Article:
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June 12, 2018

IMF published a report on the assessment of financial sector in Romania, under the Financial Sector Assessment Program (FSAP). IMF also published technical notes on crisis preparedness, systemic risk analysis and stress testing the financial sector, macro-prudential policy framework and tools, balance sheet analysis, and calibration of a debt-service-to-income (DSTI) limit in Romania.

The financial sector assessment reveals that the financial sector in Romania has strengthened significantly over the last few years. Effective supervisory measures have helped reduce the high level of nonperforming loans (NPLs) from 21.9% at its peak in 2013 to 6.4% as of December 2017. Foreign-owned banks’ dependence on parent funding has significantly declined, while deposits from the domestic private sector have increased, reducing liquidity risks. Banks’ capital buffers strengthened, on the back of a slowdown of credit and low interest rates, with an average capital to risk-weighted assets now above 18%. However, some vulnerabilities are emerging. Lending practices of nonbank financial lenders (NBFLs) may lead to loan defaults and reputational risks for the banking sector. As the financial system is small, shocks may further discourage financial intermediation, which is already among the lowest in EU.

Stress test results indicate that, over a three-year horizon, banks face losses of close to 900 basis points (bps) in capital, resulting from trading losses on their sovereign securities portfolios, and credit losses on their loan portfolios. A number of the 12 stressed banks fail to meet the minimum threshold for the common equity tier 1 capital ratio. Policy action is needed to address these risks and strengthen financial stability. The authorities are already contemplating a debt-service-to-income (DSTI) limit on mortgages and calibration of this limit could draw on the mission’s analysis of loan-level information from the Romanian credit register. In addition, the team recommends a currency-differentiated liquidity coverage ratio and the monitoring of a currency-differentiated net stable funding ratio, to limit FX liquidity risks. Strengthened monitoring of NBFLs is warranted to avoid reputational risks and regulatory arbitrage. The mission also recommends introducing capital buffers to increase resilience and guard against risks from large sovereign exposures.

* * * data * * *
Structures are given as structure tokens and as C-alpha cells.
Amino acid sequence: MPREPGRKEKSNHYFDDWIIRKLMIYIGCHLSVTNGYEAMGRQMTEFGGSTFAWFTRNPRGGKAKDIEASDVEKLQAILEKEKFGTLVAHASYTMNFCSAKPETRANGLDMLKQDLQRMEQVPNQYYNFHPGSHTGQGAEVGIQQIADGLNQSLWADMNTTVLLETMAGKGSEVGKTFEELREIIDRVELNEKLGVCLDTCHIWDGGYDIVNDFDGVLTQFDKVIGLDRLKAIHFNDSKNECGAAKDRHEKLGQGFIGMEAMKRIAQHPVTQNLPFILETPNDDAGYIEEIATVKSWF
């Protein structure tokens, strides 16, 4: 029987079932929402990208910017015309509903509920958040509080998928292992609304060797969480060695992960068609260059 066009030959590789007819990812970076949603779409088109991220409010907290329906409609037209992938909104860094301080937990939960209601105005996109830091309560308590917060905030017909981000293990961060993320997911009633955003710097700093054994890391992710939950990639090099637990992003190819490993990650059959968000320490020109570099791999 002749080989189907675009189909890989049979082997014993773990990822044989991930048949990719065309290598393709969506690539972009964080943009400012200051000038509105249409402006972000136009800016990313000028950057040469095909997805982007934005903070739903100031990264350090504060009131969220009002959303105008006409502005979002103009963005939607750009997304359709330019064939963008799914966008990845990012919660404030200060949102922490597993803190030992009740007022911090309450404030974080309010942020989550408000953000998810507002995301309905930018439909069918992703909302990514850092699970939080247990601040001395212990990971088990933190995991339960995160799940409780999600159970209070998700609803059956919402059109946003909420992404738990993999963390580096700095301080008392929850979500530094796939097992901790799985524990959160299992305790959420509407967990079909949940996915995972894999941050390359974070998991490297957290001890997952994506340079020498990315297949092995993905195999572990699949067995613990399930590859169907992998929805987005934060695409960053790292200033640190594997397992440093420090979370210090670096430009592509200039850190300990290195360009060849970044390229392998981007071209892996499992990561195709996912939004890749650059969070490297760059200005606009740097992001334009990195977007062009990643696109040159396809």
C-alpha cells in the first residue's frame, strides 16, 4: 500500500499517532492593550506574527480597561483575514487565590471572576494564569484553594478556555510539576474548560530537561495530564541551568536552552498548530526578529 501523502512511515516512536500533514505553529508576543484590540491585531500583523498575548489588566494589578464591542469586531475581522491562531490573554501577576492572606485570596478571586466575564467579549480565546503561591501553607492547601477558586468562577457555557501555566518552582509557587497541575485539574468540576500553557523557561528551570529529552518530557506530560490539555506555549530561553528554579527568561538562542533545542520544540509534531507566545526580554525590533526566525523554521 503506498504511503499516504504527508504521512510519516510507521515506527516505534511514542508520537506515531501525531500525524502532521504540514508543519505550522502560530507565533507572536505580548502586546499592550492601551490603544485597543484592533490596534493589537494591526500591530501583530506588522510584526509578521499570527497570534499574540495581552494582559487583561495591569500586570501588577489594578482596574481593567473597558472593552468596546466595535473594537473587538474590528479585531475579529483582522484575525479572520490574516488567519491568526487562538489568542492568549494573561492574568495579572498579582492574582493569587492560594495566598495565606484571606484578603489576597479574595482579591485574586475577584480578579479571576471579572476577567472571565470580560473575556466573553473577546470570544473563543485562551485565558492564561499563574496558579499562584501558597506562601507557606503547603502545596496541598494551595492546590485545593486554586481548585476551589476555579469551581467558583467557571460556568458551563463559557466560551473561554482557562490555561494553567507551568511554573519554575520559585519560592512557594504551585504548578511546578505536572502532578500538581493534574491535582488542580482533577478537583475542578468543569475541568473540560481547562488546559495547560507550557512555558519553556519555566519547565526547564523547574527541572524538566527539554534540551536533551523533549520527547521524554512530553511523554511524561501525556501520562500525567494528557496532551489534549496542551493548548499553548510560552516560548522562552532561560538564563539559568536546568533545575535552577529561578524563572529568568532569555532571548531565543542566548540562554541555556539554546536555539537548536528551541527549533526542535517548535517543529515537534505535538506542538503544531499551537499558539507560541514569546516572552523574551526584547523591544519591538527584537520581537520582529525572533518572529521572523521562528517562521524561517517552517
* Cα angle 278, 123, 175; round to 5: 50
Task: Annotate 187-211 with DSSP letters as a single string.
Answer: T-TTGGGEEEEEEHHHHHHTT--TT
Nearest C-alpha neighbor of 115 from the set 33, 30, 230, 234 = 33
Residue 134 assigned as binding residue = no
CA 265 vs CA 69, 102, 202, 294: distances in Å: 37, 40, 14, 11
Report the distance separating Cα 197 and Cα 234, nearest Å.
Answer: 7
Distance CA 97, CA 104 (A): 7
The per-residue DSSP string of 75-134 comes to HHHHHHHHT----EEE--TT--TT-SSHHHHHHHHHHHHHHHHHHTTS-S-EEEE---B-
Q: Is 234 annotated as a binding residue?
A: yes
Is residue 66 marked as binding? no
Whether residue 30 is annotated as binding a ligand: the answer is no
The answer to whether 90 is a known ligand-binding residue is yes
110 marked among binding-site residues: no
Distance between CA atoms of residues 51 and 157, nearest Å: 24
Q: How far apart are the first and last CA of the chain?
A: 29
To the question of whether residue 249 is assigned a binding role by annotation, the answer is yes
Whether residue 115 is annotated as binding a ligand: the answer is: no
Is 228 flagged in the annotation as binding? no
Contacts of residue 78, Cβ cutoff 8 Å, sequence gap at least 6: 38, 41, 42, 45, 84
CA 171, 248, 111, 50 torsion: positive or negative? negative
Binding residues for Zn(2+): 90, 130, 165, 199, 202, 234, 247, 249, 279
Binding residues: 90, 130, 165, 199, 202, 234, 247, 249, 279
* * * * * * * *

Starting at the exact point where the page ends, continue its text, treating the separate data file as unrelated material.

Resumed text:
The National Bank of Romania (NBR) is transitioning to a risk-based supervisory approach that needs further enhancements. The new Supervisory Review and Evaluation Process (SREP) Guidelines of EBA are still in the initial stages of implementation. NBR should conduct more risk-focused, banking industry-wide thematic analyses and develop its off-site monitoring tools, such as by conducting bottom up stress tests. The NBR should also build up specialized expertise, in particular in IT and cyber security. This will benefit the systemically important payment and securities settlement systems that are being brought under the roof of the NBR. Finally, remaining gaps in the anit-money laundering and combating the financing of terrorism (AML/CFT) framework should be addressed. The upgrade of crisis management and resolution procedures that is underway should continue. Important progress has been made, in particular through the adoption and implementation of the Bank Recovery and Resolution Directive (BRRD). Finally, the FSAP recommended the adoption of a comprehensive strategy for financial development.

 

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Keywords: Europe, Romania, Banking, Insurance, Stress Testing, FSAP, Macro-prudential Policy, IMF

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